[ExI] sports blammisphy

Kelly Anderson kellycoinguy at gmail.com
Tue Feb 8 03:15:03 UTC 2011

> No. In fact, it could be argued that the purpose of the prohibition of
> "cheating" is in most case to guarantee that possible successful
> cheaters need be so ingenuous as to deserve to win... :-)

This certainly seems to be the recent history of the Olympics. Even
when it's not cheating, such as the new US bobsled that is unveiled
every four years.

> More practically, as long as games and sports and exams aim at
> reproducing scenarios which should be relevant to real-life
> situations, when the everyday availability of the "tricks" and
> "enhancements" become ubiquitous, I think it is reasonable to allow
> them on a general basis. Is it really important anymore to test the
> skill of human beings in performing very large multiplications, eg?

I think this is clearly going to be the case for large base
participative sports such as high school football, basketball, etc.
But when you get into the elite levels of sports, I think there will
be significant resistance to such things for some time.

> Of course, nothing prevents people from creating as well purely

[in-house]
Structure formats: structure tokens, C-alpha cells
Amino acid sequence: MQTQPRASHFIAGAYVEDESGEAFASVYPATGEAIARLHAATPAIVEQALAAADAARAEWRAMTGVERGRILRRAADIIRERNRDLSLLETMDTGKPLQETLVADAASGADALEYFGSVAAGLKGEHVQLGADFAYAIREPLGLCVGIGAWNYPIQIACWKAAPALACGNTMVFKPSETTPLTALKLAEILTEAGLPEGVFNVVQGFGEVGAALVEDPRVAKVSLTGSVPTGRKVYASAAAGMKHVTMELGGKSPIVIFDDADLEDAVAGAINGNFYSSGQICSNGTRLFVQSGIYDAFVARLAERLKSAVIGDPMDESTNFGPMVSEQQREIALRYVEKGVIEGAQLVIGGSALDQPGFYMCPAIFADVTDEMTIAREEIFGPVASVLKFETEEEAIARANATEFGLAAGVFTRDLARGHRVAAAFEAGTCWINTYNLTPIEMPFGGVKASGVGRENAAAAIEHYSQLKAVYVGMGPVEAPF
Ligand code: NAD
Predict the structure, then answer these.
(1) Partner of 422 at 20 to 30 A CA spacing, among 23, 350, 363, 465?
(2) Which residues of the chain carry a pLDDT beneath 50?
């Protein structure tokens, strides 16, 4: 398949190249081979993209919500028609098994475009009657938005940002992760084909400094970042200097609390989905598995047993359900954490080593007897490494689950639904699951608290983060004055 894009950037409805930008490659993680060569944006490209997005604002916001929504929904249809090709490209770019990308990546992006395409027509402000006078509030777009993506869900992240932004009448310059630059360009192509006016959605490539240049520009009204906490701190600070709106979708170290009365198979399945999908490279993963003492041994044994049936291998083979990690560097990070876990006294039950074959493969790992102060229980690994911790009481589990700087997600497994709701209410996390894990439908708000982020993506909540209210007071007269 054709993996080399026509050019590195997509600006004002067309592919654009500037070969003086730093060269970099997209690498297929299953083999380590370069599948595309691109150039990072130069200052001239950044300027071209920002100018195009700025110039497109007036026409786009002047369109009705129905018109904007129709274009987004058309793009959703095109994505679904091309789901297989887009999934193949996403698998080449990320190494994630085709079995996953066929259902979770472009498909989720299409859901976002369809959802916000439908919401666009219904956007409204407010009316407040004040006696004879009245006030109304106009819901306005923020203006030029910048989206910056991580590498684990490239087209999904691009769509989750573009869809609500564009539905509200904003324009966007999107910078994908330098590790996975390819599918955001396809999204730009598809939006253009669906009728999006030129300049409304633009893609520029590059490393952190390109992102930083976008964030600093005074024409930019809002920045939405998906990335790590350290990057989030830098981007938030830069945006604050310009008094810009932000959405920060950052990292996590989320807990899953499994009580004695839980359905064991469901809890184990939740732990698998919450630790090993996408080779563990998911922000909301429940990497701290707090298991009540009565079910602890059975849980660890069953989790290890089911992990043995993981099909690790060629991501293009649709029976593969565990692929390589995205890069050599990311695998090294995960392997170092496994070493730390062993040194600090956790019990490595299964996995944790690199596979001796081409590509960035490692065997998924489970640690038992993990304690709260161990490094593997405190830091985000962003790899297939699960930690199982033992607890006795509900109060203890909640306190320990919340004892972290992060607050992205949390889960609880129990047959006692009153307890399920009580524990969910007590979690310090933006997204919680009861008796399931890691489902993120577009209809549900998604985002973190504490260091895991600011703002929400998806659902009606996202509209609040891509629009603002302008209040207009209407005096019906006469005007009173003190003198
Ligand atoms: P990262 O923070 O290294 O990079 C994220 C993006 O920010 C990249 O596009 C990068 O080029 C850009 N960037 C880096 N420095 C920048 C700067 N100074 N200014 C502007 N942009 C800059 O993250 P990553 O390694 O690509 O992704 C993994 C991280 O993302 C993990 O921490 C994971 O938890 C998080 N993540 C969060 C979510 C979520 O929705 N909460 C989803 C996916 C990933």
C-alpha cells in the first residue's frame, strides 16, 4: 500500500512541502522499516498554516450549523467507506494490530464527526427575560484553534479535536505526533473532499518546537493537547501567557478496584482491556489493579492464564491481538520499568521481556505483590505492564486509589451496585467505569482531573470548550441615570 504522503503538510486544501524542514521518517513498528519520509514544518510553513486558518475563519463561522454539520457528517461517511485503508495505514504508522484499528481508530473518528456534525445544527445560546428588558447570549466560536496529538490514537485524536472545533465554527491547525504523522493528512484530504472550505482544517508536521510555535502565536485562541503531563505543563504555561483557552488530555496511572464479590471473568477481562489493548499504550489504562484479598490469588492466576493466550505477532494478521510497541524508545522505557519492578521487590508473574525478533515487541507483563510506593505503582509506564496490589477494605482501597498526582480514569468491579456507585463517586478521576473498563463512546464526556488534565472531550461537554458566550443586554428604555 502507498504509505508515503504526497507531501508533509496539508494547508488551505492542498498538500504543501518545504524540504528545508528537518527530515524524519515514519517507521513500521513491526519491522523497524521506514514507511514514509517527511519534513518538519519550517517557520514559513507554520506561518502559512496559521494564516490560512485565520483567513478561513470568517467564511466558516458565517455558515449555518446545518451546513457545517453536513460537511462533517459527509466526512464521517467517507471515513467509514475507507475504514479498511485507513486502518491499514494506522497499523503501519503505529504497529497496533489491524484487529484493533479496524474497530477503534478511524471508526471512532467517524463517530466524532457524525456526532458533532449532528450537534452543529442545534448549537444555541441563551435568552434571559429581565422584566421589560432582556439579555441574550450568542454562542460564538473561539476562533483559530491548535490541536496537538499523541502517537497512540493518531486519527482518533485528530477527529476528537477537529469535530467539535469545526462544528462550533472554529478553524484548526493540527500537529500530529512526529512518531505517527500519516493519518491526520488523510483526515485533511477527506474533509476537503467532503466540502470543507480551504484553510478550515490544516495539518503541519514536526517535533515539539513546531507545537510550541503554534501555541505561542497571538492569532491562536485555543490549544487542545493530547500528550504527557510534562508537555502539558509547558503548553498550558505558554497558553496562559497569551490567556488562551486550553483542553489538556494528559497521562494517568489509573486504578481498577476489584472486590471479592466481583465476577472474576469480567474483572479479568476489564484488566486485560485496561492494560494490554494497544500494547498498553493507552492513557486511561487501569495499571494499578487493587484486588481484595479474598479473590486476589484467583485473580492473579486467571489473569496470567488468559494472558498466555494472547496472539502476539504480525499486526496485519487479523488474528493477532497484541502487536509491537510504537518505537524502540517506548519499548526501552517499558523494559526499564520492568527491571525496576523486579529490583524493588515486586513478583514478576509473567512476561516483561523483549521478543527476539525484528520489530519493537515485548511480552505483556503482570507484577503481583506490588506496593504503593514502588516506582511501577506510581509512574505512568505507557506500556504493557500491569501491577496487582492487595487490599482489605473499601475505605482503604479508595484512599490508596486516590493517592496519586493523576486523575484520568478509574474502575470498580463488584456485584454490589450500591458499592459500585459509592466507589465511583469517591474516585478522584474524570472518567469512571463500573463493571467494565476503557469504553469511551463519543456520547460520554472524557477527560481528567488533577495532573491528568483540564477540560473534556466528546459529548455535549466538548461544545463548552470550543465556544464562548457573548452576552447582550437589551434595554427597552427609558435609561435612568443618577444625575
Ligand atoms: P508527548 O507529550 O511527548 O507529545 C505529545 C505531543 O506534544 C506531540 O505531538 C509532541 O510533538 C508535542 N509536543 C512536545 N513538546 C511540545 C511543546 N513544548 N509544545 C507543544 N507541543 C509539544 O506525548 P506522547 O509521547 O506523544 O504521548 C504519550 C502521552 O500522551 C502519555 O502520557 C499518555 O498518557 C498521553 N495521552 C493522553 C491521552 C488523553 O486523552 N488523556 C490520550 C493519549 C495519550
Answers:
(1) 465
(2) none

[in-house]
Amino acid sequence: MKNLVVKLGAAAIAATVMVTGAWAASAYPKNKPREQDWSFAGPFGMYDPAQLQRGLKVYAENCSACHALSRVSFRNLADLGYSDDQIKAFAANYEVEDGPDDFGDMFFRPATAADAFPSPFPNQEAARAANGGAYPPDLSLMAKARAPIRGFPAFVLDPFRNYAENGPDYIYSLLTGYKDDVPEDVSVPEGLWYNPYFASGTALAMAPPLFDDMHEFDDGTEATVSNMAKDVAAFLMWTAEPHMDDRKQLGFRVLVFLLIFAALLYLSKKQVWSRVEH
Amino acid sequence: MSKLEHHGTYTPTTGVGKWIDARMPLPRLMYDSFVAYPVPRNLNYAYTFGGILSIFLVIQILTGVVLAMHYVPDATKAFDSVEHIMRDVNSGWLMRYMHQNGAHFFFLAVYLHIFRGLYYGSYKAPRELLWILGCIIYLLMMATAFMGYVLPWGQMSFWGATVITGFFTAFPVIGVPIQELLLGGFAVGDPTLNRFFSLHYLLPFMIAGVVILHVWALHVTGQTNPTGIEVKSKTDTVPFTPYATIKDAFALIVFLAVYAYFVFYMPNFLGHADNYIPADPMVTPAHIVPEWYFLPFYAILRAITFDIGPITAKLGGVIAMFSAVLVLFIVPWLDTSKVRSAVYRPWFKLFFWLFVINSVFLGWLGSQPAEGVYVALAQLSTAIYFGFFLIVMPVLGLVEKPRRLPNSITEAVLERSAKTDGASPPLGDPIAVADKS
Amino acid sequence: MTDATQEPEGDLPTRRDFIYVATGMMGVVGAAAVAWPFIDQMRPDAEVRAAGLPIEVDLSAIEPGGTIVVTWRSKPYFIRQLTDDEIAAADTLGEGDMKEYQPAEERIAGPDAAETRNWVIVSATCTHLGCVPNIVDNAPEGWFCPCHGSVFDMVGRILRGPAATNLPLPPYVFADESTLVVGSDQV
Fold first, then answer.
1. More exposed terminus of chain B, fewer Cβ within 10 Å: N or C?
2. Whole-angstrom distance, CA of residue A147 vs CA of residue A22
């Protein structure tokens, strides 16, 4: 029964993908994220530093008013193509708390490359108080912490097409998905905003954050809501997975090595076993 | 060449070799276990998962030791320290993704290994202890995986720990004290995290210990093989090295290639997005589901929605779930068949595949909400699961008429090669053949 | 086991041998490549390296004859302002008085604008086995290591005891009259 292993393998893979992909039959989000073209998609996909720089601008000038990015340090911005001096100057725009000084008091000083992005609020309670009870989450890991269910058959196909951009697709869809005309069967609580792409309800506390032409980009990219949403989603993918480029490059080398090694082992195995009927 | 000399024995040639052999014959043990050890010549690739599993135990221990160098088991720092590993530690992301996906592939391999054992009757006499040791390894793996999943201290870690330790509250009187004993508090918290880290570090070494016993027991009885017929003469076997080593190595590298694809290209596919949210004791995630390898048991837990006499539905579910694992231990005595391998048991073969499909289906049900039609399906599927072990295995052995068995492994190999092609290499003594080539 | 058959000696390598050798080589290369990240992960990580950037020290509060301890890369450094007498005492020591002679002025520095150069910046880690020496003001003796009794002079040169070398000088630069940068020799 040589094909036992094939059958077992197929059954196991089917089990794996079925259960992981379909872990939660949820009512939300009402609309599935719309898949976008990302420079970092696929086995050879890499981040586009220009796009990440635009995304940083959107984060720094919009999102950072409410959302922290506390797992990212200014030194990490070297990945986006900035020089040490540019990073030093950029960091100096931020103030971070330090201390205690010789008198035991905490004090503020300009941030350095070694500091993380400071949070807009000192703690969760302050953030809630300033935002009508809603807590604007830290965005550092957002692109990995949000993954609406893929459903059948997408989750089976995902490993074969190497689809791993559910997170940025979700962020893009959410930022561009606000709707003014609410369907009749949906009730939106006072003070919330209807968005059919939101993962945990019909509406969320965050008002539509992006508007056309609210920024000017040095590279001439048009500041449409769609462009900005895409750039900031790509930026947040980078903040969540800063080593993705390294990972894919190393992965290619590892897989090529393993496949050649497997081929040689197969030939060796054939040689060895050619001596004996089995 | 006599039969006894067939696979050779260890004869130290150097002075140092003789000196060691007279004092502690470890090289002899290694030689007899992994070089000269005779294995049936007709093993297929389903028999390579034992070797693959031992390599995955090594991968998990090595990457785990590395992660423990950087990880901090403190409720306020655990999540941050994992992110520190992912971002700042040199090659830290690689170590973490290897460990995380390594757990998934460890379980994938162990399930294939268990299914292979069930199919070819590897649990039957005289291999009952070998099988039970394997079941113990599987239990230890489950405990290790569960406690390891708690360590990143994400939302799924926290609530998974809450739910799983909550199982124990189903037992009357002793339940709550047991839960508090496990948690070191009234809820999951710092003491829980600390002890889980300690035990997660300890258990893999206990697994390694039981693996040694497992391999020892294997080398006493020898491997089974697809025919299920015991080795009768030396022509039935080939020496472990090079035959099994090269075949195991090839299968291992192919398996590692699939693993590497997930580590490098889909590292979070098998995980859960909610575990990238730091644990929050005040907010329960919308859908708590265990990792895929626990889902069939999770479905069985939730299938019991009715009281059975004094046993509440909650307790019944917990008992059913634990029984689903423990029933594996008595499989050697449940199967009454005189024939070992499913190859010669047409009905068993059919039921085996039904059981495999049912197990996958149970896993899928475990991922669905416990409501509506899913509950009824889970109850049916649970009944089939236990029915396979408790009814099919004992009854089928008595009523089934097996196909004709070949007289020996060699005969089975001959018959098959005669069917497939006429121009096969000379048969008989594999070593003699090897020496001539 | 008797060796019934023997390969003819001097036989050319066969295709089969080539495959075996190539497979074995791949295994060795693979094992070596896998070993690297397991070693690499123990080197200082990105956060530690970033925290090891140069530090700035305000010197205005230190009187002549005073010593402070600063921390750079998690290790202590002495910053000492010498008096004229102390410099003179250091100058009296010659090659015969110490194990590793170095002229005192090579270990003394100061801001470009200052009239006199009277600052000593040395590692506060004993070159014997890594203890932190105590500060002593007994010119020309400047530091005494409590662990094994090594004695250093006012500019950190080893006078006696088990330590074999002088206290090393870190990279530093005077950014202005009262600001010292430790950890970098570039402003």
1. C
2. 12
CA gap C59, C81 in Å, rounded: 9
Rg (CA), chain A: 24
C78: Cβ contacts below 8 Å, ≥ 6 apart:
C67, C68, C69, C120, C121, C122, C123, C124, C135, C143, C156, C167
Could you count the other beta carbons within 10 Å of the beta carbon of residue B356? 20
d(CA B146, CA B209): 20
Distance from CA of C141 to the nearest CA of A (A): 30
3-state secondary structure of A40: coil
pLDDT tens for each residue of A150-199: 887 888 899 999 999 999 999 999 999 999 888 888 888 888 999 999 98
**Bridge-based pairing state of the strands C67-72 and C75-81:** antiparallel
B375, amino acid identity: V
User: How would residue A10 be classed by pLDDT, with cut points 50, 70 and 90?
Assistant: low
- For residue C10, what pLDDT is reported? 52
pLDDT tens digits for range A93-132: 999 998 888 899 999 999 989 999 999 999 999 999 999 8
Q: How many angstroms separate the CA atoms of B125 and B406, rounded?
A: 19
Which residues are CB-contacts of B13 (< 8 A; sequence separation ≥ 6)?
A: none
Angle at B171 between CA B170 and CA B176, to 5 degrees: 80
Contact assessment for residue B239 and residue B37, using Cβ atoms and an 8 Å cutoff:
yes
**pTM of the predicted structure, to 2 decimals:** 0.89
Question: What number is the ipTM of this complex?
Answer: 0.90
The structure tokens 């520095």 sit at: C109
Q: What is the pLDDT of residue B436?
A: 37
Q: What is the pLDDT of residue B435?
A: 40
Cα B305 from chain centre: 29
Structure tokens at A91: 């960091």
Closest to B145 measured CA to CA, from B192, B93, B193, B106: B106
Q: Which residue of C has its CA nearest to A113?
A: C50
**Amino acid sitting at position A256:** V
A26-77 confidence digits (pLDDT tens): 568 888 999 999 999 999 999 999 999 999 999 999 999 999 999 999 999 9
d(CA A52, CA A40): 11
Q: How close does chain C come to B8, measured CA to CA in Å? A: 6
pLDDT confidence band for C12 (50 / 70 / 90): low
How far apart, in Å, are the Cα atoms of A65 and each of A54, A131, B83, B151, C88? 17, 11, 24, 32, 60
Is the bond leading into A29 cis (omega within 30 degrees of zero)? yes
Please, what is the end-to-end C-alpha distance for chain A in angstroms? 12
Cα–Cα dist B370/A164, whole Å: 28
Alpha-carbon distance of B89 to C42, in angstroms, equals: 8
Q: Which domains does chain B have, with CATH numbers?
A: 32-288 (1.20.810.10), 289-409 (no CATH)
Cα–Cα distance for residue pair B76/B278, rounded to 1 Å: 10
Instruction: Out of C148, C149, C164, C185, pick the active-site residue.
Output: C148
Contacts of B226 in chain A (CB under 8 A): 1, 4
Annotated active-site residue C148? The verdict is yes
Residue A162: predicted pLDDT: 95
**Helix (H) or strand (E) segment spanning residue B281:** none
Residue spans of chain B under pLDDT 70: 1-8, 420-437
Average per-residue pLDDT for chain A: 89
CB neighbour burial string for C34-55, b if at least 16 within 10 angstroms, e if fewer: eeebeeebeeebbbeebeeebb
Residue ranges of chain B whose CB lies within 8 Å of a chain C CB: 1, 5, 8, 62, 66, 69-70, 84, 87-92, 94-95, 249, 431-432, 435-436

> artificial contests where some "handicap" or other is imposed on
> contestants. Such as fighting a boxe match with one hand behind your
> back, or run a marathon without drinking, or resolve math problems
> without calculators, or not taking supplementation aimed at increasing
> one's performance, or fishing with bamboo canes. As long as there is
> somebody interested, for instance as it may reproduce what one was
> faced with in bygone days, nothing wrong with that...

One question of interest is whether enhancements will be made such
that they can be "turned off". So if you have the artificial blood
cells that allow you to process oxygen efficiently and hold your
breath for twenty minutes, can you turn it off in order to participate
in the Olympic marathon?


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